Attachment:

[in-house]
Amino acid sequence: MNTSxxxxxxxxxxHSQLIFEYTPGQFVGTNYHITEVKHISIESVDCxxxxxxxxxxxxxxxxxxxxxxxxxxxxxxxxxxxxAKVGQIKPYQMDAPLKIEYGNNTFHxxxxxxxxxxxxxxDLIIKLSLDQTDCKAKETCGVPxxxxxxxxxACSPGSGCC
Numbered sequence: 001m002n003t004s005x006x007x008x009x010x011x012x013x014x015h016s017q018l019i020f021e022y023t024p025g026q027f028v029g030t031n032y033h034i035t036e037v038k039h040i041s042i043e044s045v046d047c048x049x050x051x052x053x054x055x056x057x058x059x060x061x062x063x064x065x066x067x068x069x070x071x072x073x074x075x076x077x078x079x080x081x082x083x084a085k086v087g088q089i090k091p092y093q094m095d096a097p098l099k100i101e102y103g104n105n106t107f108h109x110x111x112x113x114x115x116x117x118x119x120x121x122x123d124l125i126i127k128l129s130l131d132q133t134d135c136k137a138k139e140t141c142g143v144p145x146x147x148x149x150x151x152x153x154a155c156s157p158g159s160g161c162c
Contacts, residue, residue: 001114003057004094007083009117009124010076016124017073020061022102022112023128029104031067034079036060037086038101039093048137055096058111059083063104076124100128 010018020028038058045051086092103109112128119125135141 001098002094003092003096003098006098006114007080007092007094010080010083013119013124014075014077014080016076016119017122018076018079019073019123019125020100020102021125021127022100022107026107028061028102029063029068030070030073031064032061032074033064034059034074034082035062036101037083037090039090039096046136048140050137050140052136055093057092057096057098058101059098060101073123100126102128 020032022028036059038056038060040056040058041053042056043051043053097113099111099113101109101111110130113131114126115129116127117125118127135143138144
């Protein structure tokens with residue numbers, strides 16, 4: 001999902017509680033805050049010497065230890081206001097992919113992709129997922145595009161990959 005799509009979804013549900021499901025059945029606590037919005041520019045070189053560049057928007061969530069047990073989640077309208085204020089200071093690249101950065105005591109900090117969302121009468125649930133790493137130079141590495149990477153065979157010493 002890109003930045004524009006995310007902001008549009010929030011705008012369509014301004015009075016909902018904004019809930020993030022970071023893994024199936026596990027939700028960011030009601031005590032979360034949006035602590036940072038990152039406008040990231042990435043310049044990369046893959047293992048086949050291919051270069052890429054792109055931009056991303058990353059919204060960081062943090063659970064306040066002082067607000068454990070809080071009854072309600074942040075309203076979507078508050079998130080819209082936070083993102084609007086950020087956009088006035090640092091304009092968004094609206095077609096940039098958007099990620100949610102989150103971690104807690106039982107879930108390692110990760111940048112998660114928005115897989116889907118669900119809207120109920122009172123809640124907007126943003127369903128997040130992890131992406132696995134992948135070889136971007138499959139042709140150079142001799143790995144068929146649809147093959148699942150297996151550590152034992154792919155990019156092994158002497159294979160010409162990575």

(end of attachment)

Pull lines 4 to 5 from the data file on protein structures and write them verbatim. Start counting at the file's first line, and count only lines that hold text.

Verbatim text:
Contacts, residue, residue: 001114003057004094007083009117009124010076016124017073020061022102022112023128029104031067034079036060037086038101039093048137055096058111059083063104076124100128 010018020028038058045051086092103109112128119125135141 001098002094003092003096003098006098006114007080007092007094010080010083013119013124014075014077014080016076016119017122018076018079019073019123019125020100020102021125021127022100022107026107028061028102029063029068030070030073031064032061032074033064034059034074034082035062036101037083037090039090039096046136048140050137050140052136055093057092057096057098058101059098060101073123100126102128 020032022028036059038056038060040056040058041053042056043051043053097113099111099113101109101111110130113131114126115129116127117125118127135143138144
């Protein structure tokens with residue numbers, strides 16, 4: 001999902017509680033805050049010497065230890081206001097992919113992709129997922145595009161990959 005799509009979804013549900021499901025059945029606590037919005041520019045070189053560049057928007061969530069047990073989640077309208085204020089200071093690249101950065105005591109900090117969302121009468125649930133790493137130079141590495149990477153065979157010493 002890109003930045004524009006995310007902001008549009010929030011705008012369509014301004015009075016909902018904004019809930020993030022970071023893994024199936026596990027939700028960011030009601031005590032979360034949006035602590036940072038990152039406008040990231042990435043310049044990369046893959047293992048086949050291919051270069052890429054792109055931009056991303058990353059919204060960081062943090063659970064306040066002082067607000068454990070809080071009854072309600074942040075309203076979507078508050079998130080819209082936070083993102084609007086950020087956009088006035090640092091304009092968004094609206095077609096940039098958007099990620100949610102989150103971690104807690106039982107879930108390692110990760111940048112998660114928005115897989116889907118669900119809207120109920122009172123809640124907007126943003127369903128997040130992890131992406132696995134992948135070889136971007138499959139042709140150079142001799143790995144068929146649809147093959148699942150297996151550590152034992154792919155990019156092994158002497159294979160010409162990575």